In Norway, which has no racial diversity to speak of and famously uncontentious politics, the children of poor families lag far behind in school, and despits decades of well-funded government efforts the problem is getting worse.
Scott Siskind on different kinds of conspiracy theories.
Major deposit of rare earth oxides found in Sweden; the government plans to mine them, which would be the only rare earth mine in Europe. Right now Europe imports most of its rare earth metals from Russia and China, and this mine might help them achieve some independence.
Mass grave containing 38 skeletons, 37 of them without heads, found in the ditch that had surrounded the Neolithic village site of Vráble in Slovakia. This likely dates to around 4950 BC, at the end of the early Neolithic, the same period as the cannibal/massacre site at Herxheim. More evidence that this was a violent and troubled time.
Why have Trump, Biden, and Hillary all been caught with documents marked "secret" in their homes? Because, says Matthew Connelly in the NY Times, our leaders use imagined threats to our National Security to keep their political doings from the public by classifying everything they do as "secret," and since the material is not really important or sensitive they treat it casually. It is typical of the whole business that when these cases break we are not even told what those documents were or whether they contained any actual sensitive information.
Demography and politics in Northern Ireland.
Lawsuit in DC over the smell of marijuana smoke; the article says some cities are considering bans on smoking in residential buildings.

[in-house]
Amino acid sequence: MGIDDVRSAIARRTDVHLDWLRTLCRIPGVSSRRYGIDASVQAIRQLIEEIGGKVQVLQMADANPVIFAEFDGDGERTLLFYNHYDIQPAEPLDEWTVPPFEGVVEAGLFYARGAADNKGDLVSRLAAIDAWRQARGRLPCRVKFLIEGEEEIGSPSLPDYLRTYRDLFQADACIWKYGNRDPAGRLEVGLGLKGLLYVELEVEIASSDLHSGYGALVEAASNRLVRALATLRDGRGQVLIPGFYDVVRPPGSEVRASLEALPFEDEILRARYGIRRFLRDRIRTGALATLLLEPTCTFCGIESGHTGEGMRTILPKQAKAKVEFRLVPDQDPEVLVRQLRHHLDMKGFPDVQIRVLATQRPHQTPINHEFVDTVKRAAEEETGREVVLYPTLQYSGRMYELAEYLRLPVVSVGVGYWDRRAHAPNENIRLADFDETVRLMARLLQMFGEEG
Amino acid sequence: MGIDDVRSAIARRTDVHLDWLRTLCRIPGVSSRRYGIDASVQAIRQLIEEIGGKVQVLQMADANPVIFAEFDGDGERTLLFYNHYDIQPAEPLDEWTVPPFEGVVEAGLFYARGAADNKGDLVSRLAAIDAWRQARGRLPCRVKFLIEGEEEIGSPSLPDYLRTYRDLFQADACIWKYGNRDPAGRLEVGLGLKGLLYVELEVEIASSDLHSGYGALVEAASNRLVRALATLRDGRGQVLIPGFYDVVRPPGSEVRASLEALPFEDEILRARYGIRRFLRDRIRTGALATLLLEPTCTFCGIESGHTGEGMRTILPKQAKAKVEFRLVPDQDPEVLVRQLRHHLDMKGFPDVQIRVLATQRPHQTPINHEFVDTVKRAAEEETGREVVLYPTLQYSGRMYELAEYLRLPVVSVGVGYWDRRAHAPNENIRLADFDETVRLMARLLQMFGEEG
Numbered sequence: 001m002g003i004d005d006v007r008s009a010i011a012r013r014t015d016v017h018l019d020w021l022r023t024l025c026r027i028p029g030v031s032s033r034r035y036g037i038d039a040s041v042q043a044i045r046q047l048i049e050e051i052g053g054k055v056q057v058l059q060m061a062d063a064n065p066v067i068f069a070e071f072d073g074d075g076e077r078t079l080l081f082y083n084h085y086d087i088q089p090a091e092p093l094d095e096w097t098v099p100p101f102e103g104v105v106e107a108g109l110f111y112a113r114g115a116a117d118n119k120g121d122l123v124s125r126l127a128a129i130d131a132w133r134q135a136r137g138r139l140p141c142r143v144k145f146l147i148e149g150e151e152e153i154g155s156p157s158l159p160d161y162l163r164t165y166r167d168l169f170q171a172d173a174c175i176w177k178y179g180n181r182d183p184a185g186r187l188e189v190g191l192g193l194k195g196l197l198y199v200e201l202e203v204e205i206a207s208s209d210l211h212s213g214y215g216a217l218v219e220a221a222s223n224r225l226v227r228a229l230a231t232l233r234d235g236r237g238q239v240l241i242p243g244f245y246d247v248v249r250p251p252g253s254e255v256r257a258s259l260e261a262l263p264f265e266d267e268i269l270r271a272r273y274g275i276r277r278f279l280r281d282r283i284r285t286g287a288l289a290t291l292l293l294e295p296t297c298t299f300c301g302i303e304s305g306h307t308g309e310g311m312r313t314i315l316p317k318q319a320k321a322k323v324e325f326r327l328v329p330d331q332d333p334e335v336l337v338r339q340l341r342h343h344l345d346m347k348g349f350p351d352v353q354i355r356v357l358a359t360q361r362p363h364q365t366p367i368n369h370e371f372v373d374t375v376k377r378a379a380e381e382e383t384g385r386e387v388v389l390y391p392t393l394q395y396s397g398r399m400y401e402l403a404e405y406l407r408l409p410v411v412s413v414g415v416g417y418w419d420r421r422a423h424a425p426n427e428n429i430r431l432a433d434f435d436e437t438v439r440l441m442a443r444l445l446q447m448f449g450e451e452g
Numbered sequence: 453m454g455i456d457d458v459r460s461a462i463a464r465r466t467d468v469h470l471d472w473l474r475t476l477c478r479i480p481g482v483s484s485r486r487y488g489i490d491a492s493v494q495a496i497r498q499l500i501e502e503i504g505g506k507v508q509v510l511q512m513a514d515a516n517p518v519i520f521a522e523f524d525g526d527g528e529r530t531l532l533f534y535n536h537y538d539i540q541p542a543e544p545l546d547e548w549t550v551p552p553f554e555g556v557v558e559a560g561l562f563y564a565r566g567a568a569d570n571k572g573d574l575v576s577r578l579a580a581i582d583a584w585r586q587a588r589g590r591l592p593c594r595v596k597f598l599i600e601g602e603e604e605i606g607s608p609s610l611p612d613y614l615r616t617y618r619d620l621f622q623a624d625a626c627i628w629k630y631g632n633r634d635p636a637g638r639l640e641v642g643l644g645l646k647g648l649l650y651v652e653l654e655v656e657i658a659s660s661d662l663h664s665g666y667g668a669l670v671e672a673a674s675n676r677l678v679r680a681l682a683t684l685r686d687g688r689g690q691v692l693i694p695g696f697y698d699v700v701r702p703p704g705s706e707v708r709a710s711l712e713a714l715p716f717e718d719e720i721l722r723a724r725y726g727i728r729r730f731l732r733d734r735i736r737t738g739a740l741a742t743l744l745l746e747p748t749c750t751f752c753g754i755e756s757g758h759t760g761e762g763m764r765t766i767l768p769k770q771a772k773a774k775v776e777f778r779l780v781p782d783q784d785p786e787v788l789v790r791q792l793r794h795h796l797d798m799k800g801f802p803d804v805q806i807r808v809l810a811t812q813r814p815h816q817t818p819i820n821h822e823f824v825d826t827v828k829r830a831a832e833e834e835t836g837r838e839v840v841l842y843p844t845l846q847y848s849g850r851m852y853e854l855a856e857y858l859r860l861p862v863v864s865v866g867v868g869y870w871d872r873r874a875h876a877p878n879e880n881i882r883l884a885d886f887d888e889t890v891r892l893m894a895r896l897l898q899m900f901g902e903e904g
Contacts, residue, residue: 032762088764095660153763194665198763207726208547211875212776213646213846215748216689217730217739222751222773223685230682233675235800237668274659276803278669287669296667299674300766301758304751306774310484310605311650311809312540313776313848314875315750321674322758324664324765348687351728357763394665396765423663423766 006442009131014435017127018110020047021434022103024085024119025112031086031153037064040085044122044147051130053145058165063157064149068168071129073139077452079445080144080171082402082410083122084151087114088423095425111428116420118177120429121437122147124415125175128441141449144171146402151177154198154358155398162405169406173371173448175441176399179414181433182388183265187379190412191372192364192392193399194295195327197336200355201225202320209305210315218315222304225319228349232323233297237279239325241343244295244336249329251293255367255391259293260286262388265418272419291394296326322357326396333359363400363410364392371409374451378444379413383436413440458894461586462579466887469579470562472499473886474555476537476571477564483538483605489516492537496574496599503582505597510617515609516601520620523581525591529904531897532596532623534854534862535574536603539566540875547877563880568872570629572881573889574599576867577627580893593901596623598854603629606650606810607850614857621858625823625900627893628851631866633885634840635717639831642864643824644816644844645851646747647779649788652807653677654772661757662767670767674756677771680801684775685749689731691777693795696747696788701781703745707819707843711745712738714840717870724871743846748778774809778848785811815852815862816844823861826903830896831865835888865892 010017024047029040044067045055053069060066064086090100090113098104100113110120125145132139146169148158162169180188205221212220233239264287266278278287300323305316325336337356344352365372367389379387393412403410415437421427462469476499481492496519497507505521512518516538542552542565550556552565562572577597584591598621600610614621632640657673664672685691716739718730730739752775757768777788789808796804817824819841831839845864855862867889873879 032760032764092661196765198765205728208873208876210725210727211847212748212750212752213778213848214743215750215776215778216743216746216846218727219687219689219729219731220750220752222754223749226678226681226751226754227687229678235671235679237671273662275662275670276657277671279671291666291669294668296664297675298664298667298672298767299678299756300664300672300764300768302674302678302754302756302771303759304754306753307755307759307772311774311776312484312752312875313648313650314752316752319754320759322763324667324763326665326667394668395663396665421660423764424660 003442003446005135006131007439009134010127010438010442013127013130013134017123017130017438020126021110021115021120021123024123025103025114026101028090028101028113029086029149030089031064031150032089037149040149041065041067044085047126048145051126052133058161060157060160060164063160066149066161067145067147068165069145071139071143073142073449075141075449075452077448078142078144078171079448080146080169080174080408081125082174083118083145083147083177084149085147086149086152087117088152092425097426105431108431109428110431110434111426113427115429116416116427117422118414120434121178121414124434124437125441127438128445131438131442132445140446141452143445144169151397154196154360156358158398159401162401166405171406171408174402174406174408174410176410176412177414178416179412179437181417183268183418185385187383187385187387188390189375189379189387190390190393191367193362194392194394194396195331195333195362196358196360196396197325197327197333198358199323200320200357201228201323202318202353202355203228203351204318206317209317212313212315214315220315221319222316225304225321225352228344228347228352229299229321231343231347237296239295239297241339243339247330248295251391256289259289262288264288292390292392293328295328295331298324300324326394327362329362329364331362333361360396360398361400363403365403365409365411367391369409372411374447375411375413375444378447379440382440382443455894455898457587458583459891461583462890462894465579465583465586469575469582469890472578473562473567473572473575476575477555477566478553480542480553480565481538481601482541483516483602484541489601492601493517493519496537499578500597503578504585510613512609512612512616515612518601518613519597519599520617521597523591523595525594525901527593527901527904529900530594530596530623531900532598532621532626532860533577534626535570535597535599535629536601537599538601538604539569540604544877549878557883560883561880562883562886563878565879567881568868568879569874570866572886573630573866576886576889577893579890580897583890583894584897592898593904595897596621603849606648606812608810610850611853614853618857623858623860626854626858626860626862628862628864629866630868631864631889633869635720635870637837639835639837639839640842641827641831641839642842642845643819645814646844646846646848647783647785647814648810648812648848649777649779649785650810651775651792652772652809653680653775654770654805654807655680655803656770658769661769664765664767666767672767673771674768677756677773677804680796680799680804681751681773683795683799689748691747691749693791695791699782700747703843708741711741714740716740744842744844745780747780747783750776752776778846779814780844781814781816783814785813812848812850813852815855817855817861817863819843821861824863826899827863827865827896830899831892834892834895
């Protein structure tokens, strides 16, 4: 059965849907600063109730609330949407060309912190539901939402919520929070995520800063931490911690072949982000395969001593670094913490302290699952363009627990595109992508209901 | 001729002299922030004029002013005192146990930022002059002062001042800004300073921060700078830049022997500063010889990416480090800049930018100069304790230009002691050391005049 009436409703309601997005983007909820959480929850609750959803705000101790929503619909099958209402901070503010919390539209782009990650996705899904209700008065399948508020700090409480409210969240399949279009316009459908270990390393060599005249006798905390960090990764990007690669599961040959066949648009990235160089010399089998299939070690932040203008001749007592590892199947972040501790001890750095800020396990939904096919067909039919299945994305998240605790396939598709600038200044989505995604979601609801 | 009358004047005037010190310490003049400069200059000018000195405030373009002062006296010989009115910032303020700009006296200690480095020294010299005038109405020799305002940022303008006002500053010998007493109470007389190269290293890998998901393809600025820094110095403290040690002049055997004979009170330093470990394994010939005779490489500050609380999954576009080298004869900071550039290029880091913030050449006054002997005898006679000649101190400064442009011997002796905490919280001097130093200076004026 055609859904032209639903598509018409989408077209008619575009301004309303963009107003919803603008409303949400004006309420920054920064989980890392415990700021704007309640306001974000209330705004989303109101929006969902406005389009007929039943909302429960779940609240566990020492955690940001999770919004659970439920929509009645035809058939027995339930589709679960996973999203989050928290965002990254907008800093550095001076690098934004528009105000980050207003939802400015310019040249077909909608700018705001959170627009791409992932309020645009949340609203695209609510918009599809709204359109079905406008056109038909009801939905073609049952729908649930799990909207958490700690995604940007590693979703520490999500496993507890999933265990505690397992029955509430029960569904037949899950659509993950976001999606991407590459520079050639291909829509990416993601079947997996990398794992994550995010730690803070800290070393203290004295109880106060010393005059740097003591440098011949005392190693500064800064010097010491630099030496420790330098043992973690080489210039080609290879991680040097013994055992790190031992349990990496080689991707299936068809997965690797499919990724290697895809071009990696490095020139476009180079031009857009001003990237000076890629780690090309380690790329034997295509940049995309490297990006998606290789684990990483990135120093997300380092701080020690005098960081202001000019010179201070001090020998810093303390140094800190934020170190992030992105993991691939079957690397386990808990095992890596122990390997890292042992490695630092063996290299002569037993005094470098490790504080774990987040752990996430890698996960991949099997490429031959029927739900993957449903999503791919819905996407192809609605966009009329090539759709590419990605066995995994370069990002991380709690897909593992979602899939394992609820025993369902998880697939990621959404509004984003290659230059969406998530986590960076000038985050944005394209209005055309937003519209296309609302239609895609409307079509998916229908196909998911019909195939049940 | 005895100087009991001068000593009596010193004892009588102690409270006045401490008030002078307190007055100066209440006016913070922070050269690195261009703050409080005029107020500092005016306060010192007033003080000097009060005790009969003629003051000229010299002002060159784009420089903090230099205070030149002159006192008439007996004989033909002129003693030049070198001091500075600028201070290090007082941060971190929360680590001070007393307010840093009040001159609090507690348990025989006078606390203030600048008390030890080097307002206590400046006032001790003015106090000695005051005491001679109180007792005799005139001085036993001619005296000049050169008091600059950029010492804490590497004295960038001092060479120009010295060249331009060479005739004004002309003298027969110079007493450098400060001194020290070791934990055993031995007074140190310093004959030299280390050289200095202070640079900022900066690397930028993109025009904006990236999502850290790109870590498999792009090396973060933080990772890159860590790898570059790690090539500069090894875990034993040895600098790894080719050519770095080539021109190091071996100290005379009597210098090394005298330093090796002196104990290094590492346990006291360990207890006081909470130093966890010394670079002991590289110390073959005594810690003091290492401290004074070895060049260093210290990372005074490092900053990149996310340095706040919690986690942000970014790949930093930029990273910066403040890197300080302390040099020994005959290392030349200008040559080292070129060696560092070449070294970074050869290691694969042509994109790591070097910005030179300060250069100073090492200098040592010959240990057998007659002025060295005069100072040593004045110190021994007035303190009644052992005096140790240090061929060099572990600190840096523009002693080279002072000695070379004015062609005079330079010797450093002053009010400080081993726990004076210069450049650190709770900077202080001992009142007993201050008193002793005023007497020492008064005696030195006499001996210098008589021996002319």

China's government says its population shrank last year, with 9.6 million births and 10.4 million deaths. Since many people emigrate from China, the population actually shrank by more than that difference. (NY Times, PBS) And note that outside experts think China's official statistics understate the problem.
Facing a lawsuit from the adjunct they fired, Hamline University changes their tone and says they were wrong to call showing a 14th-century Persian painting of Muhammad "Islamaphobia." Sometimes Americans' love of suing each other drives me crazy, but the threat can rein in appalling institutional behavior. (NY Times, Star Tribune)
Study finds that pandemic preparedness did no good: "aside from vaccines, pretty much nothing has much effect on the spread of COVID-19."
AI chatbots can write papers better than most undergraduates; what will this do to college education? (NY Times) And, really, why bother learning to write when AI can do it better than most college graduates ever will? I don't think the enormity of this has set in yet.
During the drought, Los Angeles built a system of diversions and cisterns to trap rainwater, and during this month's storms they have captured enough water to supply 800,000 people through the year. In California there is no shortage of water, just bad water management.
New Zealand's PM Jacinda Arden resigns, citing burnout. Not surprising, considering she was also raising the child she gave birth to while in office. The basic problem with trying to lead a small country like New Zealand is that the state of the economy is almost entirely governed by outside forces, but people still blame their government when things go wrong. New Zealand has been caught up in world events in other ways as well, for example a violent riot against vaccine mandates and a mass shooting by a right-wing crank. The one promise Arden made that she might have had the power to keep was to build 100,000 homes to ease the islands' housing crisis, but she never came close, so she leaves that problem to her successors. (NY Times, BBC)
Using a drone to steal a radio from enemy troops, short video.
Animated map showing recent Russian advances around Bakhmut.
Some new data suggests that Ukraine is firing artillery shells twice as fast as the NATO nations can manufacture them.
How Russian logistics have adapted to Ukrainian attacks and kept their army fighting.
Rumors of a Russian attack toward Zaporizhia.